IEC to introduce electronic voter registration
IEC has been operating without a commissioner since 2019
The Independent Electoral Commission (IEC) has spoken out about challenges faced by the electoral body ahead of 2024 general elections.
Appearing before the ongoing Public Accounts Committee (PAC), the IEC Accounting Officer, Doreen Serumola, said, “The post-electoral phase of the 12th electoral cycle was hit by 24 election petitions on allegations of election rigging.”
Serumola claimed that dismissing most of the petitions before they could go to trial has robbed the IEC of an opportunity to fully appreciate the allegations, which has a propensity to raise perceptions of integrity of the IEC.
After the 2019 general elections, a number of opposition candidates, both parliamentary and council, dragged the IEC and the Botswana Democratic Party (BDP)rigging. The to court, alleging election petitioners notably included the president of the opposition coalition, the Umbrella for Democratic Change (UDC), Duma Boko.
Serumola also told the PAC that the IEC would soon introduce electronic voter registration gadgets.
She said currently, registration officers at polling stations capture voter data manually but, with the electronic voter registration, capturing of data will be done electronically instead.
“For example, if you have a digital Omang, a gadget can be used to capture the information instead of the officer doing it manually. This was intended to occur before the 2024 general elections but, looking at the period we are now at, this will be close to impossible. Implementation may be a problem for the 2024 general elections,” she explained.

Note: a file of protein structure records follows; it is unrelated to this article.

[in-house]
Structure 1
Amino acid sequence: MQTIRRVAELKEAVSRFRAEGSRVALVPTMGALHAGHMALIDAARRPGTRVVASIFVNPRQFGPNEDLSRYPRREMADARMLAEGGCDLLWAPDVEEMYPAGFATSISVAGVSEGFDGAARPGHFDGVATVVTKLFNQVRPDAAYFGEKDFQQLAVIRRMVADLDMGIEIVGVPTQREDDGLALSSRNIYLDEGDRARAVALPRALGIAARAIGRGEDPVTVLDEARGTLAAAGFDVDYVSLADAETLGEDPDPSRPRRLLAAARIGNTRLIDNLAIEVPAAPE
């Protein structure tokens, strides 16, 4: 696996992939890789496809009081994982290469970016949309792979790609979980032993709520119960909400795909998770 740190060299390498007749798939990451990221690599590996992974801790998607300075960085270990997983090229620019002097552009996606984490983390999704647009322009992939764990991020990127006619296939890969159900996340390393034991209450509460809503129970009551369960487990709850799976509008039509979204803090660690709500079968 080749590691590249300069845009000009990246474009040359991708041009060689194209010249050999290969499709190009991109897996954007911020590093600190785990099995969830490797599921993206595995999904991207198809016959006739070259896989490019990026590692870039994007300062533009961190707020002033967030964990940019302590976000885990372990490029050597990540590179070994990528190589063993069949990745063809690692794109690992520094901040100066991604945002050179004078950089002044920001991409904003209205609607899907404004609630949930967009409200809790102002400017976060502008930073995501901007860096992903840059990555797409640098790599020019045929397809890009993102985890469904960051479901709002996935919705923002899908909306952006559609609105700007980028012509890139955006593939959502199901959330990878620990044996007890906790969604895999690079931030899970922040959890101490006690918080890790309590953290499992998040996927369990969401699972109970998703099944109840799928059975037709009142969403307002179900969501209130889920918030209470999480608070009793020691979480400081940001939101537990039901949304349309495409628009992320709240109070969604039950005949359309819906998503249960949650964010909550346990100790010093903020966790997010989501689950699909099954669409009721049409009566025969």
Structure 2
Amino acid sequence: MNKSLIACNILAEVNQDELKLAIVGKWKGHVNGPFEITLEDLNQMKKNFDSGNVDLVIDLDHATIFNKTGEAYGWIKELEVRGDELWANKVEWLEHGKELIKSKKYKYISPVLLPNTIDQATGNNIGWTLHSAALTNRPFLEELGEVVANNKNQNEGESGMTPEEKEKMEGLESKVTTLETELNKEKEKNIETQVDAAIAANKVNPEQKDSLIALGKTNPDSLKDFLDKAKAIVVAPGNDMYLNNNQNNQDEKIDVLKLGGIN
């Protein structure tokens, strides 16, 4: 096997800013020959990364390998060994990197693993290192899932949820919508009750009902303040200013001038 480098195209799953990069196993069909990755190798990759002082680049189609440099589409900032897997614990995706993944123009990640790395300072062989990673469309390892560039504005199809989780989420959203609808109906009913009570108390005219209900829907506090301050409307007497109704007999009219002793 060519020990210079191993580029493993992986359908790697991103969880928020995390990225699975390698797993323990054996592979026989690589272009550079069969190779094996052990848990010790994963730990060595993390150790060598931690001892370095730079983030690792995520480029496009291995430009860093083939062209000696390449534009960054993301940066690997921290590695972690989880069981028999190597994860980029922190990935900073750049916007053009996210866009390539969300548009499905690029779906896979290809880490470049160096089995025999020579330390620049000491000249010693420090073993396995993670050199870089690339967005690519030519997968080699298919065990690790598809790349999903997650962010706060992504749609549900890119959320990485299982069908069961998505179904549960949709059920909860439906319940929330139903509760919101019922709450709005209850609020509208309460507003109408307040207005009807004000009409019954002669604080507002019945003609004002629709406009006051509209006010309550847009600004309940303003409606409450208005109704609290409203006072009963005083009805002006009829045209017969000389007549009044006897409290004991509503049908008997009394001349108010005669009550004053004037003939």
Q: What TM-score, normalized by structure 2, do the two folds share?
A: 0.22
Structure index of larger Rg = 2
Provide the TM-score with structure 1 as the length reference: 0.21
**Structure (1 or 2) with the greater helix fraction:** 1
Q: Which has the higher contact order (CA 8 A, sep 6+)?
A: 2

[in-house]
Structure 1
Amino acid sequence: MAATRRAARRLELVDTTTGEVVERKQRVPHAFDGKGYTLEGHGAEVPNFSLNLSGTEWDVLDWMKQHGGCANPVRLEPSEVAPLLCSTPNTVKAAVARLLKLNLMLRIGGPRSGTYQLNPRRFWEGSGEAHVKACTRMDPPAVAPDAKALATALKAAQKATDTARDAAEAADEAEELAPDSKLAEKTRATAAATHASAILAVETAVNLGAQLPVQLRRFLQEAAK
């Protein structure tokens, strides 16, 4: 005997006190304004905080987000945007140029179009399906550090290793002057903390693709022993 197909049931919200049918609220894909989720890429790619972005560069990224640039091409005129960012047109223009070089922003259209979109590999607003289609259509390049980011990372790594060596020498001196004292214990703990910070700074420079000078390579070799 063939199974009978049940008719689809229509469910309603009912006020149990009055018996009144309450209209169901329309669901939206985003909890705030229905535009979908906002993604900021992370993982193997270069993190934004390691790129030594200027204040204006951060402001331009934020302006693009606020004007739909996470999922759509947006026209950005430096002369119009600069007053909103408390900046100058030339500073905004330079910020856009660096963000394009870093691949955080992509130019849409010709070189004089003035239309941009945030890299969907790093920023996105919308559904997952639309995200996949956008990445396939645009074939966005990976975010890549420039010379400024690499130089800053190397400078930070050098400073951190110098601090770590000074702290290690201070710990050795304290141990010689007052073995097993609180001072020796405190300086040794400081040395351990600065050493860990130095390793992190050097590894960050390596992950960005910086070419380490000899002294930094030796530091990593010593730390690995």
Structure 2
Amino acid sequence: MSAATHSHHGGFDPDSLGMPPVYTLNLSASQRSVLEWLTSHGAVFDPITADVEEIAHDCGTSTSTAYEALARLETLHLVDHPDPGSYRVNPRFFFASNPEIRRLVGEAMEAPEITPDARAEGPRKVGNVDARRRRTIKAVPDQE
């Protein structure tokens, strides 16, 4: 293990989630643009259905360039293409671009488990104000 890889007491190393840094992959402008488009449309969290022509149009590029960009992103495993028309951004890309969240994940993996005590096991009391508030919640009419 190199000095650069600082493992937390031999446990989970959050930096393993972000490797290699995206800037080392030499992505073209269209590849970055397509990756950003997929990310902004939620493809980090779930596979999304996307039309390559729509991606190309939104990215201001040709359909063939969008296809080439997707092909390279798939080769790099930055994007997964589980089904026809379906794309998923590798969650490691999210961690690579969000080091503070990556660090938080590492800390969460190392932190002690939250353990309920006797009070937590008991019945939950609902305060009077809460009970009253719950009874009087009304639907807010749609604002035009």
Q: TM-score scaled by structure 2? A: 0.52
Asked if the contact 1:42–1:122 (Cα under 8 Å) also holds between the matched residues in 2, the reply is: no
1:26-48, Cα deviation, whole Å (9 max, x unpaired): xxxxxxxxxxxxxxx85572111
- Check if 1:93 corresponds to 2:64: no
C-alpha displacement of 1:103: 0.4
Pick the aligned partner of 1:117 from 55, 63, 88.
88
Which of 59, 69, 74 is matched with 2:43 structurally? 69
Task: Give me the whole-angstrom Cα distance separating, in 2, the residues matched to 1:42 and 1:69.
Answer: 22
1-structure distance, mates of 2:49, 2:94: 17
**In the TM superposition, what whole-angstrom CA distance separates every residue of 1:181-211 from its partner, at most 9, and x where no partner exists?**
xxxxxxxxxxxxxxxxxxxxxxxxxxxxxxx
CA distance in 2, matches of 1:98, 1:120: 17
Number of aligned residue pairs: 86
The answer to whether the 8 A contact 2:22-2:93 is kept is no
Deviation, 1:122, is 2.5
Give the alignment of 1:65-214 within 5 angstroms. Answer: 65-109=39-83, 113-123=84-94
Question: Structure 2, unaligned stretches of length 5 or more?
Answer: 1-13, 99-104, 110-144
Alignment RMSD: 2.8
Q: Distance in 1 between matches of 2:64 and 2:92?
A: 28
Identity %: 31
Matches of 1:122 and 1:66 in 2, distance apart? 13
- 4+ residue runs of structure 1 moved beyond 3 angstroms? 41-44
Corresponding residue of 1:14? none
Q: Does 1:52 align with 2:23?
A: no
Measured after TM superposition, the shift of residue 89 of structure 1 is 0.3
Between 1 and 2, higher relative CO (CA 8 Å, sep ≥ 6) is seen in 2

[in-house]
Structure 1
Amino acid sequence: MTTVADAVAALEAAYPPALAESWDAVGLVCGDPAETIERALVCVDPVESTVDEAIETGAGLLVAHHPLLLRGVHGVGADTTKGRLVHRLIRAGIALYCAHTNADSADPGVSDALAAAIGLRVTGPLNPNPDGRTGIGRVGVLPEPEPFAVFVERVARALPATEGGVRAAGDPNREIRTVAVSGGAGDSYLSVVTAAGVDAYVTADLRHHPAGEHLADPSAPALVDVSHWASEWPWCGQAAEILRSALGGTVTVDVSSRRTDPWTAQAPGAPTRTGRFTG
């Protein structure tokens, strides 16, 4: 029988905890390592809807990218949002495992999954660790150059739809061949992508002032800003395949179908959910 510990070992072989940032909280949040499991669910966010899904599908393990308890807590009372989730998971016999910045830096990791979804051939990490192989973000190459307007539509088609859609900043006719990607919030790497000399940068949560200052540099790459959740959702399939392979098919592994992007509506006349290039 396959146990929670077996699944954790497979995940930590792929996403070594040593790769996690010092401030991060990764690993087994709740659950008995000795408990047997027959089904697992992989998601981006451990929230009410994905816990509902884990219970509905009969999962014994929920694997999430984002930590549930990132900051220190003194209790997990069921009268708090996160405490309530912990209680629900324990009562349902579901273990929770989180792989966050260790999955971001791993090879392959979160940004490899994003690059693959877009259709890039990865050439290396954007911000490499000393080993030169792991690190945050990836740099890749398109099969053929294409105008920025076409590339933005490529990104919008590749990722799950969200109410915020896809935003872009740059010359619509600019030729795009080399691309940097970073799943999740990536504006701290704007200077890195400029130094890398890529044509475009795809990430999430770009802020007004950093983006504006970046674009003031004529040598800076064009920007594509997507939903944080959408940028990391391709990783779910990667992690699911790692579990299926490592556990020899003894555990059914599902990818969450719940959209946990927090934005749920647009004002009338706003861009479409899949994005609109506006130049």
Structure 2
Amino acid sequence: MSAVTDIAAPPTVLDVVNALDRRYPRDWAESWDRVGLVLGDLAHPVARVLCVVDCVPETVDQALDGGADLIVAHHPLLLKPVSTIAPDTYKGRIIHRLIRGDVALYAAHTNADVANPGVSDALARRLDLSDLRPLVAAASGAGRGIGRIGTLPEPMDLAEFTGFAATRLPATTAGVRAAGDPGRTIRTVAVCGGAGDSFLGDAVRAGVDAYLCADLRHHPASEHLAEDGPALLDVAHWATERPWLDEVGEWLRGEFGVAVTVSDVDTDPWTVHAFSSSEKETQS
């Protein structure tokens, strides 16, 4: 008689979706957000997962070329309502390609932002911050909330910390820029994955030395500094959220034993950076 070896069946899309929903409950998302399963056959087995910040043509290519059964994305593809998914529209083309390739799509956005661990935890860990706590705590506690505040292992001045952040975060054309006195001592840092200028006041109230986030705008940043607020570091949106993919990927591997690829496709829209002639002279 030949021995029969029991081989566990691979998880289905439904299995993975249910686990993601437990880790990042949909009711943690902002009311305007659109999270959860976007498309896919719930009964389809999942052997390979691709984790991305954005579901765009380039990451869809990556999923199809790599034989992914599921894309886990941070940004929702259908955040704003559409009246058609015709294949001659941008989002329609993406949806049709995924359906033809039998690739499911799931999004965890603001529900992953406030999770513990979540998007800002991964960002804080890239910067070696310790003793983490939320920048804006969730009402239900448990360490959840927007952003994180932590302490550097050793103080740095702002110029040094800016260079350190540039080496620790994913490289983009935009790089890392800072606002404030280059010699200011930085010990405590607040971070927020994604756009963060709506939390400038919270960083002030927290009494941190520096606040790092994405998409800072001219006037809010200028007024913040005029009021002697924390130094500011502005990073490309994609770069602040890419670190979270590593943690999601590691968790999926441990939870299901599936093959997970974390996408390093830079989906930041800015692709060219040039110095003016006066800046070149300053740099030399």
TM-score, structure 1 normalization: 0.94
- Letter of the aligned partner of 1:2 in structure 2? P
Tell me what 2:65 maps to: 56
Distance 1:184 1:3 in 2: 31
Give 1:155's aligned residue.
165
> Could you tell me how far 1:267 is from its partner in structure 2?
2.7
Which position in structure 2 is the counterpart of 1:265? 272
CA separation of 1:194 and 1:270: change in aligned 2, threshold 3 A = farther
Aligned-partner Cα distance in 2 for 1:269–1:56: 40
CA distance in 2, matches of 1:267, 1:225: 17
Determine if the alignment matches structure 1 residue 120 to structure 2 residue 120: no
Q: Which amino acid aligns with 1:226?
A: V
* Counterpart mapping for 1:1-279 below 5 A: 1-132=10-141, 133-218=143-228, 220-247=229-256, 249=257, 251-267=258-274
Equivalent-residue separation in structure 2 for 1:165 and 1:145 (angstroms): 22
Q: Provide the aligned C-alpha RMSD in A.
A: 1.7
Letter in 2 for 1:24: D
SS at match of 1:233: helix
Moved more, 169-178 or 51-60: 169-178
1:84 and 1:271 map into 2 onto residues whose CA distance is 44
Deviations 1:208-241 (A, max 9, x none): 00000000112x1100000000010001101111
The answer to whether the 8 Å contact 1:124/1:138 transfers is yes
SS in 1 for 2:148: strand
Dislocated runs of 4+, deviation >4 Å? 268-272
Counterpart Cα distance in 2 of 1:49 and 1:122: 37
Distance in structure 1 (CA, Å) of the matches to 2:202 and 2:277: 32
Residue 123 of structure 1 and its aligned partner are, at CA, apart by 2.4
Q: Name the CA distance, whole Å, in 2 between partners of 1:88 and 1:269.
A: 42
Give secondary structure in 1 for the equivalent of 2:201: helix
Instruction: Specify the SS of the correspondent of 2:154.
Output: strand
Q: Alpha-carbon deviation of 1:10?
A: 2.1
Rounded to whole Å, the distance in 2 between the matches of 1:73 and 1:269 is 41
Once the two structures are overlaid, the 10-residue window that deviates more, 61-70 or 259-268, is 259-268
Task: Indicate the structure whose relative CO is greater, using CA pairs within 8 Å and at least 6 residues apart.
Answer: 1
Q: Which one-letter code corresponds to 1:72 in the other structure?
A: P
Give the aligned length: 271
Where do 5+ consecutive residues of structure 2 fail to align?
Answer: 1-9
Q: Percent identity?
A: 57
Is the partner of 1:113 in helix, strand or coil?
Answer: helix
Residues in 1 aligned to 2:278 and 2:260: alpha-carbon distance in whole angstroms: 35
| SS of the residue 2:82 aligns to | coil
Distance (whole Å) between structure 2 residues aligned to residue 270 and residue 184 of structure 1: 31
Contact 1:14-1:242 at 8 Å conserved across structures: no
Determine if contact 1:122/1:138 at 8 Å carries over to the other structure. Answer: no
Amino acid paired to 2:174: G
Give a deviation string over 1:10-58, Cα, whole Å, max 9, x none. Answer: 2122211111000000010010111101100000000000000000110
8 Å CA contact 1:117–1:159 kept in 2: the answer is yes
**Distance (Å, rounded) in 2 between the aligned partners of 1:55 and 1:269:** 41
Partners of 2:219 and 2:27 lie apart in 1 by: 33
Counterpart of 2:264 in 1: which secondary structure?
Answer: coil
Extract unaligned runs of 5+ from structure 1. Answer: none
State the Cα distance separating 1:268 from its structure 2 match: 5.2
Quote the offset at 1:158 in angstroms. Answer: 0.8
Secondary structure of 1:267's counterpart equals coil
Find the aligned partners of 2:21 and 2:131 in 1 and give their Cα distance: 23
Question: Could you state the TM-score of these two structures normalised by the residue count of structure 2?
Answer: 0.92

Turning to the question of introducing the counting of ballot boxes at polling stations, Serumola admitted that there was room for possible interference with the current model, where ballot papers are transported to be counted at counting stations.
“There have always been concerns that no one knows what happens to ballot boxes and ballot papers in between polling stations and counting centres. If the law can allow for counting at polling stations, we would have no issues of whether anyone has tempered with ballot boxes or papers while they were in transit from point A to B,” Serumola said.
Another challenge, which Serumola identified, was that the Office of the Commissioner has been vacant since 2019. She also complained of low voter turnout, revealing that in 2019 they received about 925,478 voters only, less than the targeted number.